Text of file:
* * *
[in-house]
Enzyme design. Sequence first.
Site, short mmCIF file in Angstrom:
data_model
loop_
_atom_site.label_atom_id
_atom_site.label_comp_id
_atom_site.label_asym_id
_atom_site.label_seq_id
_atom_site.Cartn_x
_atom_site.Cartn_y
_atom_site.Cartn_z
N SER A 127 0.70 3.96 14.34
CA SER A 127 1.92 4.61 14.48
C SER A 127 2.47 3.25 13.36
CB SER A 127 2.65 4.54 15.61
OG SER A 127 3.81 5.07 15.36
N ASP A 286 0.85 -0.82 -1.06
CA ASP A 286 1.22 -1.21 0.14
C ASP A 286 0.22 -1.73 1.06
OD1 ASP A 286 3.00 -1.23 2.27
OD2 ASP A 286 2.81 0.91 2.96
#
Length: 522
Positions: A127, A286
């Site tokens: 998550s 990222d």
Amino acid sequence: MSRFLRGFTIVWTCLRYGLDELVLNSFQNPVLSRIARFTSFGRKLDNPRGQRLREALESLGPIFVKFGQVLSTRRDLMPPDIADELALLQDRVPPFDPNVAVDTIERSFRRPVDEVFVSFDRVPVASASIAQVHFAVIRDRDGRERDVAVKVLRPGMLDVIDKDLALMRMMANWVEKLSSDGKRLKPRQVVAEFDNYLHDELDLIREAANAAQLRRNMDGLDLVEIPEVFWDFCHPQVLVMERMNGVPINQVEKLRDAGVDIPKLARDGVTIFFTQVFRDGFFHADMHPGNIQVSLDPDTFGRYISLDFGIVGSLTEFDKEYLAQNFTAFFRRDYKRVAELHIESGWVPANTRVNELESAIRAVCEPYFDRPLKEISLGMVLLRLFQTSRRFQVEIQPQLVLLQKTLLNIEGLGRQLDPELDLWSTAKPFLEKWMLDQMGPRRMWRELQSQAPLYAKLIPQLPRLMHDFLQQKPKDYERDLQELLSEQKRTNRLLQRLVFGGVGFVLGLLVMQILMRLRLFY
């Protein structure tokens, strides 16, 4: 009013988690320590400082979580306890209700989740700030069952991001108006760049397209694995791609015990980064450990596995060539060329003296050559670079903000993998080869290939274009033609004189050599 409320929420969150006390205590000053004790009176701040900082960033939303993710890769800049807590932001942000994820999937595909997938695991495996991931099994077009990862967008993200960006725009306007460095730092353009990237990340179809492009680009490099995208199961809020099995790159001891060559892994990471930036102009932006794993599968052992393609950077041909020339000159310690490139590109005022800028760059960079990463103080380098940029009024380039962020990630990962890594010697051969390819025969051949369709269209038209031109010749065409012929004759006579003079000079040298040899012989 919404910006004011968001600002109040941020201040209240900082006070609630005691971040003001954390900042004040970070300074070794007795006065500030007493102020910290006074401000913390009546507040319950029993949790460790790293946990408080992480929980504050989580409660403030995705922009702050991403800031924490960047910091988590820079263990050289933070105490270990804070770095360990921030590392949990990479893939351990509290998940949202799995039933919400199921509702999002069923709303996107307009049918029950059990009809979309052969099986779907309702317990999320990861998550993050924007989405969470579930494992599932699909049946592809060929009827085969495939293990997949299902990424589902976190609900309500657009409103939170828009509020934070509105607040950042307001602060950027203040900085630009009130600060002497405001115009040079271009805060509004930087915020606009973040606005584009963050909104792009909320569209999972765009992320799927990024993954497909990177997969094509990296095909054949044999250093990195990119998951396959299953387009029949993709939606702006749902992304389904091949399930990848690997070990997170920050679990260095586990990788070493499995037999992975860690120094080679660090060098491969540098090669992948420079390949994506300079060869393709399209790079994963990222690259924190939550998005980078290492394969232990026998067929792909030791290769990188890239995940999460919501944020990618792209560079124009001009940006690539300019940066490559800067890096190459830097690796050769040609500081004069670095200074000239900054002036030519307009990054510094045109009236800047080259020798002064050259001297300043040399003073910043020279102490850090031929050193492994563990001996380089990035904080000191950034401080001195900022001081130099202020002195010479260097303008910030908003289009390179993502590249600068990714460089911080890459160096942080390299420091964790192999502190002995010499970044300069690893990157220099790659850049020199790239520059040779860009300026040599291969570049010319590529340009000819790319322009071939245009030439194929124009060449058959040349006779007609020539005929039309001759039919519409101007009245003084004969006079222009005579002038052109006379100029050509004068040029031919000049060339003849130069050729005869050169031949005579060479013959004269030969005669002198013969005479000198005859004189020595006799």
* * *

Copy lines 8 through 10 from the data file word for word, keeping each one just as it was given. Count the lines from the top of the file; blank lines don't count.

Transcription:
_atom_site.label_asym_id
_atom_site.label_seq_id
_atom_site.Cartn_x